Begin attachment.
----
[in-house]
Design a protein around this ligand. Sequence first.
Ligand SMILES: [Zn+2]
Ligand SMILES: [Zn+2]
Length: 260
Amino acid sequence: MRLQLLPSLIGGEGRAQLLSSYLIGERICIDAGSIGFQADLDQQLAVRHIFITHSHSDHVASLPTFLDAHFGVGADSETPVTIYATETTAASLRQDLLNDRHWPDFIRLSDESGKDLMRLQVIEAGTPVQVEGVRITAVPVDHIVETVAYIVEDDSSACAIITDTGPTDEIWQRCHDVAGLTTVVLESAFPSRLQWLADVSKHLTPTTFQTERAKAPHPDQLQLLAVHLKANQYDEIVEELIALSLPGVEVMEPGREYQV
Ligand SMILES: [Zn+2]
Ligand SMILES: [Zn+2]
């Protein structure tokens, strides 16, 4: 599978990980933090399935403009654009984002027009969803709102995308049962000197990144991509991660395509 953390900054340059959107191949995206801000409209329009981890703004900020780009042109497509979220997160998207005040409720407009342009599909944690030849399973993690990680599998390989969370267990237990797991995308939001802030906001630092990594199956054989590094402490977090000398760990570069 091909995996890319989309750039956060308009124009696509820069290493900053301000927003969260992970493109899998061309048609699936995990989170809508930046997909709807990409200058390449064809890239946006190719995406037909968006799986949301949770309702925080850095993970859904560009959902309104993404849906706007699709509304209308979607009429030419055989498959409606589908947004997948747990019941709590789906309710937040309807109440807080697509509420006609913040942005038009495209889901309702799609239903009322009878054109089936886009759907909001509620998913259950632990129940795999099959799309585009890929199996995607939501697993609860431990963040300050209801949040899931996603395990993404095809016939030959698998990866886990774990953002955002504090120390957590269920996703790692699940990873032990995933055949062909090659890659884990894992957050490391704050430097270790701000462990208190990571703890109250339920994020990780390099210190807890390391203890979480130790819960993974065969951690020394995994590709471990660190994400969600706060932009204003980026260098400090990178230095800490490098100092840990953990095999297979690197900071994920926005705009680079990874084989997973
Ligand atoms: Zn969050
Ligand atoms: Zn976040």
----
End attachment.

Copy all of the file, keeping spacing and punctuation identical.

[in-house]
Design a protein around this ligand. Sequence first.
Ligand SMILES: [Zn+2]
Ligand SMILES: [Zn+2]
Length: 260
Amino acid sequence: MRLQLLPSLIGGEGRAQLLSSYLIGERICIDAGSIGFQADLDQQLAVRHIFITHSHSDHVASLPTFLDAHFGVGADSETPVTIYATETTAASLRQDLLNDRHWPDFIRLSDESGKDLMRLQVIEAGTPVQVEGVRITAVPVDHIVETVAYIVEDDSSACAIITDTGPTDEIWQRCHDVAGLTTVVLESAFPSRLQWLADVSKHLTPTTFQTERAKAPHPDQLQLLAVHLKANQYDEIVEELIALSLPGVEVMEPGREYQV
Ligand SMILES: [Zn+2]
Ligand SMILES: [Zn+2]
């Protein structure tokens, strides 16, 4: 599978990980933090399935403009654009984002027009969803709102995308049962000197990144991509991660395509 953390900054340059959107191949995206801000409209329009981890703004900020780009042109497509979220997160998207005040409720407009342009599909944690030849399973993690990680599998390989969370267990237990797991995308939001802030906001630092990594199956054989590094402490977090000398760990570069 091909995996890319989309750039956060308009124009696509820069290493900053301000927003969260992970493109899998061309048609699936995990989170809508930046997909709807990409200058390449064809890239946006190719995406037909968006799986949301949770309702925080850095993970859904560009959902309104993404849906706007699709509304209308979607009429030419055989498959409606589908947004997948747990019941709590789906309710937040309807109440807080697509509420006609913040942005038009495209889901309702799609239903009322009878054109089936886009759907909001509620998913259950632990129940795999099959799309585009890929199996995607939501697993609860431990963040300050209801949040899931996603395990993404095809016939030959698998990866886990774990953002955002504090120390957590269920996703790692699940990873032990995933055949062909090659890659884990894992957050490391704050430097270790701000462990208190990571703890109250339920994020990780390099210190807890390391203890979480130790819960993974065969951690020394995994590709471990660190994400969600706060932009204003980026260098400090990178230095800490490098100092840990953990095999297979690197900071994920926005705009680079990874084989997973
Ligand atoms: Zn969050
Ligand atoms: Zn976040």